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Assessment of Problem
ADDICTION AND SUBSTANCE ABUSE




    Generally speaking, the problems people experience with alcohol and other drugs may be divided into three categories: First, those with no use or some use, but with no significant problems. Secondly, substance abuse occurs when a person’s use causes problems for them, their friends and family, such as one DUI or a single drug possession charge. The final one is chemical dependency or addiction. This occurs when at least three or more of seven diagnostic categories are met. A chemically dependent person suffers a loss of control over their use and continues– or even escalates use– in spite of ever increasing negative consequences.

    Both substance abuse and chemical dependency require the assistance of a professional trained in treatment for addictions. More severe addictions may require detoxification, inpatient treatment and subsequent outpatient treatment, group and individual therapy and the diagnosis and treatment of any contributing mental health difficulties. When possible, the involvement of family and friends can be very helpful in the person’s recovery.

     The following screening tools are for information only and are not intended to diagnose or to be a substitute for professional assessment and treatment. For a comprehensive and formal assessment of the following--and any other problems you or someone else may be experiencing-- please contact me and schedule an appointment and assessment.


    CAGE SCREENING (for alcohol problems)



1. Have you ever felt you should cut down on your drinking?

    Yes
    No

2. Have people annoyed you by criticising your drinking?

    Yes
    No

3. Have you ever felt bad or guilty about your drinking?

    Yes
    No

4. Have you ever had a drink first thing in the morning to steady your nerves or get rid of a hangover (eye-opener)?

    Yes
    No


    A “yes” answer on two or more of the foregoing questions has a high correlation with alcohol abuse or dependence.


    DAST SCREENING (for problems with drugs other than alcohol)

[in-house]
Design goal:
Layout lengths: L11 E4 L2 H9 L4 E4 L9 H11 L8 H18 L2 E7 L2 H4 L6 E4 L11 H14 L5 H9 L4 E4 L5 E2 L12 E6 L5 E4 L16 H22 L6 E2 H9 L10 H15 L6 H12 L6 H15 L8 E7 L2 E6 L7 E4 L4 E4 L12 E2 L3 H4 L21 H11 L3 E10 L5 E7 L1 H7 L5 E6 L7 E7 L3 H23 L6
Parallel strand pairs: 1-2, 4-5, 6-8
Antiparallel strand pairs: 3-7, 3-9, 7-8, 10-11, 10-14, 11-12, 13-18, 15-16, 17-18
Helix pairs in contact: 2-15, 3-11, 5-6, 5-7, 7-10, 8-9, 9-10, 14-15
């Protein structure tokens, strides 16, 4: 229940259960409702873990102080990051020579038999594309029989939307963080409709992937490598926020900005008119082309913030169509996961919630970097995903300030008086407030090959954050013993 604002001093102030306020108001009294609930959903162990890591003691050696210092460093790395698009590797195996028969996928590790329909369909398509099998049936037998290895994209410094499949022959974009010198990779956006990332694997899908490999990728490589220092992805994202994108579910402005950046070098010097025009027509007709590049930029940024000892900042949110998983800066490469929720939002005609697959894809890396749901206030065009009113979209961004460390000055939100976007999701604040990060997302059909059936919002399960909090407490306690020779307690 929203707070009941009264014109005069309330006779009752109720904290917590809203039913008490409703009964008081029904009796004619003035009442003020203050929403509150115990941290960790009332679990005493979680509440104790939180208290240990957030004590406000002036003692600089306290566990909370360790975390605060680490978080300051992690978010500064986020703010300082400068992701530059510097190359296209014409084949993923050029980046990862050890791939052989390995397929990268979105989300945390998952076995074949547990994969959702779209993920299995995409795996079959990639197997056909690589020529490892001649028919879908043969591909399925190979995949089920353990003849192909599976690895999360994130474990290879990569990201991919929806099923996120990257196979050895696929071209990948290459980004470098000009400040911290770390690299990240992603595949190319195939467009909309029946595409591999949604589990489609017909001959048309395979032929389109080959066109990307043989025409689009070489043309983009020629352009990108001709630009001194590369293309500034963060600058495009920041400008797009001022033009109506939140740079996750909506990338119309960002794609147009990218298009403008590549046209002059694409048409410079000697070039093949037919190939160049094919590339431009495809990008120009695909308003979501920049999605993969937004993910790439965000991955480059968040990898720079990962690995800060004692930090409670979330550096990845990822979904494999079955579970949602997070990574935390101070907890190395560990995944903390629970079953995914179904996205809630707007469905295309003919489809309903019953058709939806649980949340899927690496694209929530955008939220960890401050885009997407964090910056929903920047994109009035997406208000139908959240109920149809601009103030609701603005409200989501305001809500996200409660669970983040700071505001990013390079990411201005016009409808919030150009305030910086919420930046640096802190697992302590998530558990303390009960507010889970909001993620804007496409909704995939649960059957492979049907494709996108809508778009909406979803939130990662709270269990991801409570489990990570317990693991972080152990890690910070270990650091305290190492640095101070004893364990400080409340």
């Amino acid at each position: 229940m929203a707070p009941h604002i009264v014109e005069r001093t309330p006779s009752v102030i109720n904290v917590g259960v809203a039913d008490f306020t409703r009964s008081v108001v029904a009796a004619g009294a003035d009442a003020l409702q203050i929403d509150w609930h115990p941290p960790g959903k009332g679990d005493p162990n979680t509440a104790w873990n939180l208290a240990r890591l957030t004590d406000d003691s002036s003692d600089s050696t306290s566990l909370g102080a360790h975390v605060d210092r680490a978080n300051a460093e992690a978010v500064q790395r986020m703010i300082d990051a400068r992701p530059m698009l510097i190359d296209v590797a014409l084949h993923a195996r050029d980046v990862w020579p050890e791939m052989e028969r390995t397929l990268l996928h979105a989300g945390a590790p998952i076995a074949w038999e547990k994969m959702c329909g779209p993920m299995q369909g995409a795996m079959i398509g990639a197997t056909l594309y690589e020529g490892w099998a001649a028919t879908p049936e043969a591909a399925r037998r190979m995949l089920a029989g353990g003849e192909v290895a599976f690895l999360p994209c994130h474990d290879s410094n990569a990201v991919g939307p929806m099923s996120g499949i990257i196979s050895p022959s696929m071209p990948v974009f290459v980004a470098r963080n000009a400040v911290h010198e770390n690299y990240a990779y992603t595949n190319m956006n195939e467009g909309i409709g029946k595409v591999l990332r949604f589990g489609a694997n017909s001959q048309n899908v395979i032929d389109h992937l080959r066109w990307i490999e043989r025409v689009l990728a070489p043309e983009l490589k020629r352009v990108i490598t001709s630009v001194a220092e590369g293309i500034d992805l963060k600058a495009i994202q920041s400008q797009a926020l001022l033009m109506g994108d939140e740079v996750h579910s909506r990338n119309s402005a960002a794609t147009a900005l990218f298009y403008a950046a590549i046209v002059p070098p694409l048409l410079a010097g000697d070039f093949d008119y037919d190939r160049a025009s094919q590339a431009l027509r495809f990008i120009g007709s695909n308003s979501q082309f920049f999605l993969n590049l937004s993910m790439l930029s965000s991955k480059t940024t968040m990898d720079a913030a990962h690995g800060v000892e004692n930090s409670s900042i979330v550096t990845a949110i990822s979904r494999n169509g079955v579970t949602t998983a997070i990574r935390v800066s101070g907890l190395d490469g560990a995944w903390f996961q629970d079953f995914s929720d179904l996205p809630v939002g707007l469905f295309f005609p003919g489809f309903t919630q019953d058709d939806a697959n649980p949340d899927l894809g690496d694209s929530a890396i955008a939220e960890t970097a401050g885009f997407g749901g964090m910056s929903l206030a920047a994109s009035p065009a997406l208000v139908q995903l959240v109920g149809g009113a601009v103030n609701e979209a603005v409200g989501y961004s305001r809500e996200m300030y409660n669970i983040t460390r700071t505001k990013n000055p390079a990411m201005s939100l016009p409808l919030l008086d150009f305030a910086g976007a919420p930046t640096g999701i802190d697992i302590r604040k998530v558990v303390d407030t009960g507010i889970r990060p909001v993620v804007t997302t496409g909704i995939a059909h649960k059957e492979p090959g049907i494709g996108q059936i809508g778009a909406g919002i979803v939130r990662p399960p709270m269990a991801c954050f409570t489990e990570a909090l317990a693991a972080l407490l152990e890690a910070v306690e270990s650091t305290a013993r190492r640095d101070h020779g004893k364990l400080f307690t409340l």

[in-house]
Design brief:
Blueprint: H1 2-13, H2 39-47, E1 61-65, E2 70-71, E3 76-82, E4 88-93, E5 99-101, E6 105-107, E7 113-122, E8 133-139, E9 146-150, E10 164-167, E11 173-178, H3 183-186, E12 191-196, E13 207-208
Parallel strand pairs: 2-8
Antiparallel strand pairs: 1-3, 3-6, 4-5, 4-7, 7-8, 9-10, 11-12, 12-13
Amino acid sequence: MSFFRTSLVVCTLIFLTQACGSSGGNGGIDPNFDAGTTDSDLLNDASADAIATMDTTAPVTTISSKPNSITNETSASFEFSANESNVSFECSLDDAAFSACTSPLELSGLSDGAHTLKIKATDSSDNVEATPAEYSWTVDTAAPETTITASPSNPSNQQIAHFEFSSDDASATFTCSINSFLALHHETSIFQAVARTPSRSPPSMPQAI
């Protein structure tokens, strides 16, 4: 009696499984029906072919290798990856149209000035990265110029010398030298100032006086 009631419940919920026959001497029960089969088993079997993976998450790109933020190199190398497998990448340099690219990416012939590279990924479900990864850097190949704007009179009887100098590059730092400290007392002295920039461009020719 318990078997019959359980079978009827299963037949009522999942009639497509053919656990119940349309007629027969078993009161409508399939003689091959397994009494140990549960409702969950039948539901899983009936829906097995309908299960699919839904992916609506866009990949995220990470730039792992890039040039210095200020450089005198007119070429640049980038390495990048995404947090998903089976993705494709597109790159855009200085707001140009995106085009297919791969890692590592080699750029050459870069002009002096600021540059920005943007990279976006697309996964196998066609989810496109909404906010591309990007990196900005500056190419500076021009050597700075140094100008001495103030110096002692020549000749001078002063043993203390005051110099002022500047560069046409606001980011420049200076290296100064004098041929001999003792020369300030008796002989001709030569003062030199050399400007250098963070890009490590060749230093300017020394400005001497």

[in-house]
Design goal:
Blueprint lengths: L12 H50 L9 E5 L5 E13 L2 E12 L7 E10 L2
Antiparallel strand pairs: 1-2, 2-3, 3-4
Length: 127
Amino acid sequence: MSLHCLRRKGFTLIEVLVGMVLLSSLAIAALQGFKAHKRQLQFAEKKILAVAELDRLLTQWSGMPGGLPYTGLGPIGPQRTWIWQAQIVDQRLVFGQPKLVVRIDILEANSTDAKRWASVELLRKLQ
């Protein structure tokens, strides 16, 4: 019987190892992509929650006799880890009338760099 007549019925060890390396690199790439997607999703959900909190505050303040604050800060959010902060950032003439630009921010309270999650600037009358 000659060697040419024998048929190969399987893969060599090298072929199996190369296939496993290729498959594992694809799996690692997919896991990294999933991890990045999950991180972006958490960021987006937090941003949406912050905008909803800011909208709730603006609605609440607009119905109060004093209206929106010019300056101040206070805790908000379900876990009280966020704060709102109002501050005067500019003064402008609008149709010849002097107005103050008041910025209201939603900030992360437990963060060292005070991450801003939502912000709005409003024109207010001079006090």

1. Have you used drugs other than those required for medical reasons?

    Yes
    No

2. Have you abused prescription drugs?

    Yes
    No

3. Do you abuse more than one drug at a time?

    Yes
    No

4. Can you get through the week without using drugs?

    Yes
    No

5. Are you always able to stop using drugs when you want to?

    Yes
    No

6. Have you had “blackouts” or “flashbacks” as a result of drug use?

    Yes
    No

7. Do you ever feel bad or guilty about your drug use?

    Yes
    No

8. Does your spouse (or parents) ever complain about your involvement with drugs?

    Yes
    No

9. Has drug abuse created problems between you and your spouse or your parents?

    Yes
    No

10. Have you lost friends because of your use of drugs?

    Yes
    No

11. Have you neglected your family because of your use of drugs?

    Yes
    No

12. Have you been in trouble at work because of your use of drugs?

    Yes
    No

13. Have you lost a job because of drug abuse?

    Yes
    No

14. Have you gotten into fights when under the influence of drugs?

    Yes
    No

15. Have you engaged in illegal activities in order to obtain drugs?

    Yes
    No

16. Have you been arrested for possession of illegal drugs?

    Yes
    No

17. Have you ever experienced withdrawal symptoms (felt sick) when you stopped taking drugs?

    Yes
    No

18. Have you had medical problems as a result of your drug use (e.g., memory loss, hepatitis, convulsions, bleeding, etc.)?

    Yes
    No

19. Have you gone to anyone for help for a drug problem?

    Yes
    No

20. Have you been involved in a treatment program especially related to drug use?

    Yes
    No


    Score one point for each answer of “yes,” except for questions 4 & 5, which score one point for “no.”